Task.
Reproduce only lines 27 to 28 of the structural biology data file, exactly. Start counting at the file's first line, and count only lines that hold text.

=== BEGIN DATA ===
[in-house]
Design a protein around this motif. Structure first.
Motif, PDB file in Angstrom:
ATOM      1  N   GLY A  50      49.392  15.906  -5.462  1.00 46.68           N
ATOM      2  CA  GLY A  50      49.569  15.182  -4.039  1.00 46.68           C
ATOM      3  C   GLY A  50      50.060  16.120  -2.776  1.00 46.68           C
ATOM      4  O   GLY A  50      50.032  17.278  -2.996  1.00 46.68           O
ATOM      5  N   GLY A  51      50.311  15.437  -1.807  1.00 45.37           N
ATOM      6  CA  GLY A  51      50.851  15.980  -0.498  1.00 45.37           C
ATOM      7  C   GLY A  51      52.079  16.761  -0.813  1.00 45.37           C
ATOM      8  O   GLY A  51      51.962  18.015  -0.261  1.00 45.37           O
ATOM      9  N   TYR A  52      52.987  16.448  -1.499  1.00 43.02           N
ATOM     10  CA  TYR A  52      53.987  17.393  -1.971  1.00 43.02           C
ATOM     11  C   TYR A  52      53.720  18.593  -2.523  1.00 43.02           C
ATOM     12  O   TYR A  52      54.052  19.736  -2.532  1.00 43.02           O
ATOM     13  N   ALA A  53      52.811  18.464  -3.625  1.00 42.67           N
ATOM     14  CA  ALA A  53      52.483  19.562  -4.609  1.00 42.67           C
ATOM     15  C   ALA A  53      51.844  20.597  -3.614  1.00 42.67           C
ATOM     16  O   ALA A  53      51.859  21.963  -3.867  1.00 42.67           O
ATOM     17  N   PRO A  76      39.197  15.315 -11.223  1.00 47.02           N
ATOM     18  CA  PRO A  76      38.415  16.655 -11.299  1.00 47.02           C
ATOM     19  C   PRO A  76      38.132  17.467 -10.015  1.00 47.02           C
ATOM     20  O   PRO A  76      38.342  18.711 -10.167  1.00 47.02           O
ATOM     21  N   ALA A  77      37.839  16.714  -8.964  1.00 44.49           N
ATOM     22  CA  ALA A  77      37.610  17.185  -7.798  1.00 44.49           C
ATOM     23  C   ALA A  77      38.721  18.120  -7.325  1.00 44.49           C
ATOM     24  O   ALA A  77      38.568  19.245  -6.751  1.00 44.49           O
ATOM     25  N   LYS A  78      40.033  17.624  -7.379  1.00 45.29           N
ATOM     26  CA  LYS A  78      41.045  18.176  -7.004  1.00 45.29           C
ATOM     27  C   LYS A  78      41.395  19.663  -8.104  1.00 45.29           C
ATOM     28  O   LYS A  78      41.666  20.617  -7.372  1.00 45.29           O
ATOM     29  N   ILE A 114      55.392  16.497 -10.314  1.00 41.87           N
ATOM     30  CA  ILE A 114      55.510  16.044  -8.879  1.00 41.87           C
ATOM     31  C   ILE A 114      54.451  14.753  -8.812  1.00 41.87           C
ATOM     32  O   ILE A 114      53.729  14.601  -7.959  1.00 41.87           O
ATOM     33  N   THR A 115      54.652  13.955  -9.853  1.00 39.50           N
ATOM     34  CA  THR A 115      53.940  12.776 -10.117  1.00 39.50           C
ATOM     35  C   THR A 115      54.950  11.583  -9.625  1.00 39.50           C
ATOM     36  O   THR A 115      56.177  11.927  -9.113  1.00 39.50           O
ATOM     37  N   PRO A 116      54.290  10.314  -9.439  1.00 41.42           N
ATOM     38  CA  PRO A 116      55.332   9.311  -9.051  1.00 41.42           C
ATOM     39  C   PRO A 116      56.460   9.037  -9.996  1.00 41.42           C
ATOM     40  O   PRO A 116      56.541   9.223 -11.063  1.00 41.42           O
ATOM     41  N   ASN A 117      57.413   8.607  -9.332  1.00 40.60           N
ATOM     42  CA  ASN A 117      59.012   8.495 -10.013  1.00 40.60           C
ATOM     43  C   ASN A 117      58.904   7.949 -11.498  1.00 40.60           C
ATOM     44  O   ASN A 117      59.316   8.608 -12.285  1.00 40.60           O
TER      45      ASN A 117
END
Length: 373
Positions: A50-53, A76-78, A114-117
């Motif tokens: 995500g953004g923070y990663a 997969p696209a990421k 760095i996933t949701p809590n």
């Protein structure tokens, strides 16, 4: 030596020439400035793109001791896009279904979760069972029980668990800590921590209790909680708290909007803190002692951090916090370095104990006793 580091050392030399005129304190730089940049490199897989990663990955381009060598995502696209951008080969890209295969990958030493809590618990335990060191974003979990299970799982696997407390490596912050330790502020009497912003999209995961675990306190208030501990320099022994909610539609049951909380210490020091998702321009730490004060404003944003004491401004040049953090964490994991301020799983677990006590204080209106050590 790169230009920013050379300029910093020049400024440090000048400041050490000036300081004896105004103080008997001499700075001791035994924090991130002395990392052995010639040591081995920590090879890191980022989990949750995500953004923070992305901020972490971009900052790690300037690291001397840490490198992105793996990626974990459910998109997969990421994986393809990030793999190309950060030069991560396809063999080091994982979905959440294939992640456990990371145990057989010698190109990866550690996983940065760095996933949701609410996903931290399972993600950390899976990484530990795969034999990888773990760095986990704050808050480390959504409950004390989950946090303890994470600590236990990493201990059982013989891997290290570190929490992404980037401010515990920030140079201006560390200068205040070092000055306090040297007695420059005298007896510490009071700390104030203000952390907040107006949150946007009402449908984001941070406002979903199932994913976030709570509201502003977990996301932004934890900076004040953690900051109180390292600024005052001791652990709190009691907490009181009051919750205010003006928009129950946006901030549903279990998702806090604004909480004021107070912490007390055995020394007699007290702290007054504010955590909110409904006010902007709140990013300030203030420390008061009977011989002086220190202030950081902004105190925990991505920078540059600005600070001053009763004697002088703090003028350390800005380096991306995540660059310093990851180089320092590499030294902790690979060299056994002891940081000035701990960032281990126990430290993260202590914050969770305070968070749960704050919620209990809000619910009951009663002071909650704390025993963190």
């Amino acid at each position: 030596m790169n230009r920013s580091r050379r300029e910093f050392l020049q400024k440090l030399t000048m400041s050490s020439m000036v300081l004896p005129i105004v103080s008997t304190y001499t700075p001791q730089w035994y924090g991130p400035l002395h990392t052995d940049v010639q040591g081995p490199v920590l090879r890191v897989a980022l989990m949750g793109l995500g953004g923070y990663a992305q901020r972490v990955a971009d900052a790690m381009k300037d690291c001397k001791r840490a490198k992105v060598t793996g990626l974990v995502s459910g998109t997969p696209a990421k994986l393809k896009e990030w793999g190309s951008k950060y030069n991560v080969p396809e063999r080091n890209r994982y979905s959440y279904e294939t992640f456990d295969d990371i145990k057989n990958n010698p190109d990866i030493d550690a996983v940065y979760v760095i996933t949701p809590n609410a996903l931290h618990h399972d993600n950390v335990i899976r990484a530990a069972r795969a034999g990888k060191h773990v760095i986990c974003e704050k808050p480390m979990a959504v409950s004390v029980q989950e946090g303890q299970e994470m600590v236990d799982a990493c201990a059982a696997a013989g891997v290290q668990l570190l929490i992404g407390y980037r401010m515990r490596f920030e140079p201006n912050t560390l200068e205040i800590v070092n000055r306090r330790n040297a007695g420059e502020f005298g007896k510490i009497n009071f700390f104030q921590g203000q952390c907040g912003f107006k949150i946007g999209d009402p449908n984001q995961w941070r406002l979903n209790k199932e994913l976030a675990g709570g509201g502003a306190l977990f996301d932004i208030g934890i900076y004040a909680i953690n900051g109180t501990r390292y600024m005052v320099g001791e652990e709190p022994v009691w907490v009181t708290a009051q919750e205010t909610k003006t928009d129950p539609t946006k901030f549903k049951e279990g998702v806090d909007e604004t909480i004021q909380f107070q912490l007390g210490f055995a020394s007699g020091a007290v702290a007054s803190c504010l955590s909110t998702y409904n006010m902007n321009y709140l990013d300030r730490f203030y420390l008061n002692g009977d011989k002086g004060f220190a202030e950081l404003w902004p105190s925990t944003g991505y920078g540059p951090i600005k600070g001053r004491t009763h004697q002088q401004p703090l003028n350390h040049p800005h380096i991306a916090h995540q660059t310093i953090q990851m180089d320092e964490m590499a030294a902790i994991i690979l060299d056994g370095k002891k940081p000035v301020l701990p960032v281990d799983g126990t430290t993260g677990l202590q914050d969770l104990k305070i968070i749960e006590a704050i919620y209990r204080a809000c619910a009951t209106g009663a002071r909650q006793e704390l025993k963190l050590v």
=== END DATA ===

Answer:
ATOM     24  O   ALA A  77      38.568  19.245  -6.751  1.00 44.49           O
ATOM     25  N   LYS A  78      40.033  17.624  -7.379  1.00 45.29           N